The Wednesday Ten: Starving for WiFi

Once again, the Tuesday 10 has become the Wednesday Ten as Paul, your regularly scheduled host, searches high and low in Manhattan for an Internet connection. Much as early man scoured the desert for water, man now crawls on his hands and knees, growing weaker by the hour until he finds WiFi. Is that… a Starbucks? With free Internet? No, couldn’t be. The closer you get, the more you think your search has ended until… nope, just a mirage. What you thought was a Starbucks in the distance turned out to be the halal cart.

Let’s jump into the Ten.

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The Wednesday Ten: Doubles Will Find Me

So, the Ten is a day late. And Paul Boye, your usual curator, is out of pocket, so I will be pulling together your Tuesday Wednesday 10 today. Plenty happening with the Phillies and around the league, so let’s get right into it.

10. Delmon Young plays the sport of baseball professionally (for money) in an organization known as Major League Baseball

OK, look. This isn’t that bad. Sure, there are countless other .gifs documenting Delmon’s tragilarious defense in the outfield, but that one hit off the wall! He could’ve played it better, or gotten to it quicker, but it bounced kinda funkily. It’s not like he botched a routine fly there. And, more importantly, it’s not as if the Phillies signed Delmon to be early-2000s Andruw Jones in the outfield; he’s here for his stick. He’s a role player, and it’s unfair to- actually, now that I’m looking at it, he’s hitting .214/.292/.393 in 65 plate appearances. That’s really bad. I mean, it’s only 65 plate appearances, and it’s not like the Phillies bet the house on him, but dang. He’d better pull some kind of streak together quickly.

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Jeremy Horst’s Bad Luck Continues

We discussed Jeremy Horst‘s bad luck two and a half weeks ago and it looked like things were starting to turn around. In his next four appearances, he allowed just one earned run over five innings and held the opposition to a .176 average on balls in play. Last night against the Indians, Horst’s bad luck returned. The lefty allowed one run, which was considered fortunate since he allowed four base runners, three of which were infield singles and the other was a bloop into shallow left field.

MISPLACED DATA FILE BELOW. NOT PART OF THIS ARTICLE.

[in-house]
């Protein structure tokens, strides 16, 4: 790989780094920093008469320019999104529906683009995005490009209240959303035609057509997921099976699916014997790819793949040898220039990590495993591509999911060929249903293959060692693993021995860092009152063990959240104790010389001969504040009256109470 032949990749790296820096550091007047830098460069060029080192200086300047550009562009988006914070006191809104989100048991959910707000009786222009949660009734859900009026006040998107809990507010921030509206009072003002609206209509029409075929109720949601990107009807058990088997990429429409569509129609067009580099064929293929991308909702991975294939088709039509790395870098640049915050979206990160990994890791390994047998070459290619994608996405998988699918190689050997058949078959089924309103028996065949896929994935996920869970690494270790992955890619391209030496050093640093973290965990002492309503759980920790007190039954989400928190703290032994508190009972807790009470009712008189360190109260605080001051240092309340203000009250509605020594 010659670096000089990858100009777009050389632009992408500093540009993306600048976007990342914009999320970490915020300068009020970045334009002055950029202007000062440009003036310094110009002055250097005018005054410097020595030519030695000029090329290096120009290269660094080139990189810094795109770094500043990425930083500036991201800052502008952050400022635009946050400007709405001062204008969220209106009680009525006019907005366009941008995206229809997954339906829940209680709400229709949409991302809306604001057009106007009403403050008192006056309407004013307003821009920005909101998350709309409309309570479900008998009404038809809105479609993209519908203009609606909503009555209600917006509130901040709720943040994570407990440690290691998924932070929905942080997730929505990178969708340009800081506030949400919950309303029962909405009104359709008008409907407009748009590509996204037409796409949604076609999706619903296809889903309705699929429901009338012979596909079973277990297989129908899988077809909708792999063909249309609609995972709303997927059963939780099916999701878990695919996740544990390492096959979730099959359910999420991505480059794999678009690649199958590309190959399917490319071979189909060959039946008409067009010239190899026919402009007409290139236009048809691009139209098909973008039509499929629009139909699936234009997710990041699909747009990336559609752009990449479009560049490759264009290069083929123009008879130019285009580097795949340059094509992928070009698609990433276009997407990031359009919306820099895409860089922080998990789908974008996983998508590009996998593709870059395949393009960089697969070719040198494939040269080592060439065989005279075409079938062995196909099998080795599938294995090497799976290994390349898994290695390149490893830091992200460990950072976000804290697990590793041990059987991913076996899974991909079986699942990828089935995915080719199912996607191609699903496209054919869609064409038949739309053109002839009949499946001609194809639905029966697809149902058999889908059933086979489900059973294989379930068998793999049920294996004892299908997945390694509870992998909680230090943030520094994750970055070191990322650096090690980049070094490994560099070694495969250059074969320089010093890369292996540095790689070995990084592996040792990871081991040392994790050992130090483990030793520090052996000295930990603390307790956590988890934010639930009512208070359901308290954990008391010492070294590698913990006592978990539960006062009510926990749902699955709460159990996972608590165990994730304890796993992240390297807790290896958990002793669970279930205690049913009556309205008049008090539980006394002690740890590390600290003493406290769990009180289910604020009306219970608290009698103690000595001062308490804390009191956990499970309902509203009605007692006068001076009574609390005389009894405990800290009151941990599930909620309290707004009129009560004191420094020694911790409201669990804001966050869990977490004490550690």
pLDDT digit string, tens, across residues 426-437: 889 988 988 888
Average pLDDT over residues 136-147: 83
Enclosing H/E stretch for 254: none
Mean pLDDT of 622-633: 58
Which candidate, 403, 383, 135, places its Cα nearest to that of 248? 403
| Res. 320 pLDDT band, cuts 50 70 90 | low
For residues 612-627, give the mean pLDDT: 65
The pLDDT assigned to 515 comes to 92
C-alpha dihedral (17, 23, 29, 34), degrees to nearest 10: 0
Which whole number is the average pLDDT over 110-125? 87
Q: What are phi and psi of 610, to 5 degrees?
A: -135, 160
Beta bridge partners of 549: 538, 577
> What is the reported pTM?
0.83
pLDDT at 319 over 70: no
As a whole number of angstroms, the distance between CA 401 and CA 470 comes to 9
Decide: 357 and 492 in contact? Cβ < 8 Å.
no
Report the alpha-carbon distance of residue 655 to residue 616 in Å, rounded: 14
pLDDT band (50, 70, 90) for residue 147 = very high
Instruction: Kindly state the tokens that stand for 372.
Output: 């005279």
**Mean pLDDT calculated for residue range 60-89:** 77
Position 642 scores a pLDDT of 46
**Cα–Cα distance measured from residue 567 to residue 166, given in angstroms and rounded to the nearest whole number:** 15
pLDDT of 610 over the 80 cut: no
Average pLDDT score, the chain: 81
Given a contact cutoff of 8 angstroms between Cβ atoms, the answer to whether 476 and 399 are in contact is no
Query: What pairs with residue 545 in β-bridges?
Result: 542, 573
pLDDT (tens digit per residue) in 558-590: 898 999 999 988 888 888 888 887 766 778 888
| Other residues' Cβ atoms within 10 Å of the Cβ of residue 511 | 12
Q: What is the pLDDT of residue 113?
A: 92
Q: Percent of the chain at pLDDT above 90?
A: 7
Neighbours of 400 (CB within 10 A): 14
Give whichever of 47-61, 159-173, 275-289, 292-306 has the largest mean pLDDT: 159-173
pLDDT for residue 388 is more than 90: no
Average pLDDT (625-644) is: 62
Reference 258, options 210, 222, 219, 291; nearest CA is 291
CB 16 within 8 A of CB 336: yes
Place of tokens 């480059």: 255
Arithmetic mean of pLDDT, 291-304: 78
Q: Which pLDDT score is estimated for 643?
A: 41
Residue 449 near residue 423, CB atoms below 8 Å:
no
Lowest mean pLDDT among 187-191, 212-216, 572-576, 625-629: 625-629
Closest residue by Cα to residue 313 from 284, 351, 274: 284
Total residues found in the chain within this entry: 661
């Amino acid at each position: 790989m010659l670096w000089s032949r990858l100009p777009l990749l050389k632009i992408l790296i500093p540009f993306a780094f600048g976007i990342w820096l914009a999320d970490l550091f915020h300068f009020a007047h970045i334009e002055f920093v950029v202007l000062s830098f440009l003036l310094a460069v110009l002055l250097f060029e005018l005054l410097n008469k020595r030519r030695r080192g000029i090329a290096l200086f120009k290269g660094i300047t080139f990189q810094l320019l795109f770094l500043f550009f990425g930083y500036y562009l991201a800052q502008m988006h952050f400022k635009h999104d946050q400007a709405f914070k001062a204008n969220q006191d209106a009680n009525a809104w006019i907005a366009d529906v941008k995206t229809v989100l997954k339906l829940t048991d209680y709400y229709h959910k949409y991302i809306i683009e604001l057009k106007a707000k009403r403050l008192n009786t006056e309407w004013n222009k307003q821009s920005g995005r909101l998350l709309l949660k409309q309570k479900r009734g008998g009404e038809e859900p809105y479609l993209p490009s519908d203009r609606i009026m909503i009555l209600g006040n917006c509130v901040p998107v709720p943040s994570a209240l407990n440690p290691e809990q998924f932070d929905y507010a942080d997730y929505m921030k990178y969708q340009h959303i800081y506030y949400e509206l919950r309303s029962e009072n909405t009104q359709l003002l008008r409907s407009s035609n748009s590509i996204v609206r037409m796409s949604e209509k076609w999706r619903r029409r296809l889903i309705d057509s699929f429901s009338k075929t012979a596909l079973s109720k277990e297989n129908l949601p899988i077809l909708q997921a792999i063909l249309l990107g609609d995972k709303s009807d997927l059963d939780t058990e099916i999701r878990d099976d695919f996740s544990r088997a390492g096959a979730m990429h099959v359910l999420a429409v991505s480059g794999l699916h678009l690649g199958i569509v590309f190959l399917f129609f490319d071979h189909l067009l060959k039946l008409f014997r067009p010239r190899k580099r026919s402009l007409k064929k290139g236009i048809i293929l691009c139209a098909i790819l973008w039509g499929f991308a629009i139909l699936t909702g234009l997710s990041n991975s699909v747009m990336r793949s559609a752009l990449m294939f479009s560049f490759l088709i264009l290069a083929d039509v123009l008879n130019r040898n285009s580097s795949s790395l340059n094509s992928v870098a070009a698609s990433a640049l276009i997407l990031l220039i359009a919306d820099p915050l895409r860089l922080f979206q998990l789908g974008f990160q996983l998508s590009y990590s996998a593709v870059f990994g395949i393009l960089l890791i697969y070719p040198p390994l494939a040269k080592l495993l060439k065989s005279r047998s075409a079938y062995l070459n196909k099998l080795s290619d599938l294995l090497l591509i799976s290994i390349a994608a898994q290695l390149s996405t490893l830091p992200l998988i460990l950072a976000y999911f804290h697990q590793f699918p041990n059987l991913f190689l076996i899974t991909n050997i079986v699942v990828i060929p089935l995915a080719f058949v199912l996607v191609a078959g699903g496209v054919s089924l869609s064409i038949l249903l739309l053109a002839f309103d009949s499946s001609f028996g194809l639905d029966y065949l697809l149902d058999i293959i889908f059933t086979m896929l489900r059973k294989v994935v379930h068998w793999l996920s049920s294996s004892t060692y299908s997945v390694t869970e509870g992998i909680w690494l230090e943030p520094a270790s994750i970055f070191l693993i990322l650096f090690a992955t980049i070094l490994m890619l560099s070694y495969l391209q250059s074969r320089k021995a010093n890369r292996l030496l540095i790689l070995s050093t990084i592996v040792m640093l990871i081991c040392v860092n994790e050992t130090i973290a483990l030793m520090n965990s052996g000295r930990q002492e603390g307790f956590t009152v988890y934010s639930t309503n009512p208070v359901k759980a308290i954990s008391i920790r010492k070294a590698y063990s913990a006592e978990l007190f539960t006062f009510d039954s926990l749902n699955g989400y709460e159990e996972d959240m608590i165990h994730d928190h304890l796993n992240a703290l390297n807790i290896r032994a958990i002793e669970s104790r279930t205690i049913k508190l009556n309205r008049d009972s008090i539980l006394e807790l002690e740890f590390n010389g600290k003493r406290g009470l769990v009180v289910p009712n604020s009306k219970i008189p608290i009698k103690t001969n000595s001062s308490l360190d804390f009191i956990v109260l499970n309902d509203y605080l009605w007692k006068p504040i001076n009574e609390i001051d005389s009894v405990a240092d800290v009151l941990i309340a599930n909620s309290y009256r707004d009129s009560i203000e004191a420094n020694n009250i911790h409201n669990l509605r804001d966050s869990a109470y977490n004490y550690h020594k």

When people talk about a pitcher’s bad luck on balls in play, we are referring essentially to anything that happens after contact. So many variables come into play beyond the pitcher’s ability to hit his location and fool the opposing hitter. The ball may be hit hard, but right at a fielder. Or it may be hit three feet to his side for a hit. The ball may be hit softly, but slowly enough down the line that the third baseman can’t make a play on it. Or it can be hit softly but right to the pitcher, who throws to first for an easy out. The batter can pop the ball right over the shortstop’s head, or it can go a few feet further out where a play is unable to be made. Despite the pitcher’s lack of control, a run of bad luck on balls in play still gets counted against his ERA and thus he is judged for it throughout the year, long after the circumstances have been forgotten.

Let’s take a look at the hits Horst allowed last night after the jump.

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The Tuesday 10: Go Left, Young Man

The Phillies swept the Mets! That’s really cool! Even in a season that’s been tinged with a bit of malaise out of the gate, taking a series like that in New York is pleasing, without fail. Some players – Halladay, Hamels, Brown – are showing some signs of turnaround, albeit conditional turnarounds. Chase Utley is still slugging over .500. Carlos Ruiz is back! Maybe things are looking up!

Or maybe I’m just getting ahead of myself. Whatever, this was a good week if you pretend that Pittsburgh series never happened.

To the 10!

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Ben Revere’s Costly Arm

Ben Revere is known for having a weak bat, but as we have seen during this series with the Pittsburgh Pirates (which mercifully ends this afternoon), his weak arm is often a detriment as well. In parsing the game logs, I was able to pull out three plays where opposing runners greedily advanced from second to third on a ball hit to Revere in center, something those runners certainly wouldn’t have done against, say, Shane Victorino.

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The Tuesday 10: Jesse Biddle Afterglow

Another April week, another seven days elapsed where it’s Too Early to Really Judge Anything. Except for Jesse Biddle‘s bonkers 7 IP, 16 K, 2 BB, 0 R outing for Double-A Reading Monday. That one I judge to be “pretty damn awesome.”

It’s very difficult to go back through Minor League games to crosscheck, but I wager a Phils farmhand hasn’t put together an outing like that since Cole Hamels was tearing his way through the pipeline (not to make a direct comparison). To stay grounded: it is just one outing. But for the second-youngest pitcher in the entire Eastern League to do that, well, I’m sure plenty of people will take notice. It sure gave me the tingles.

Okay, on to the 10.

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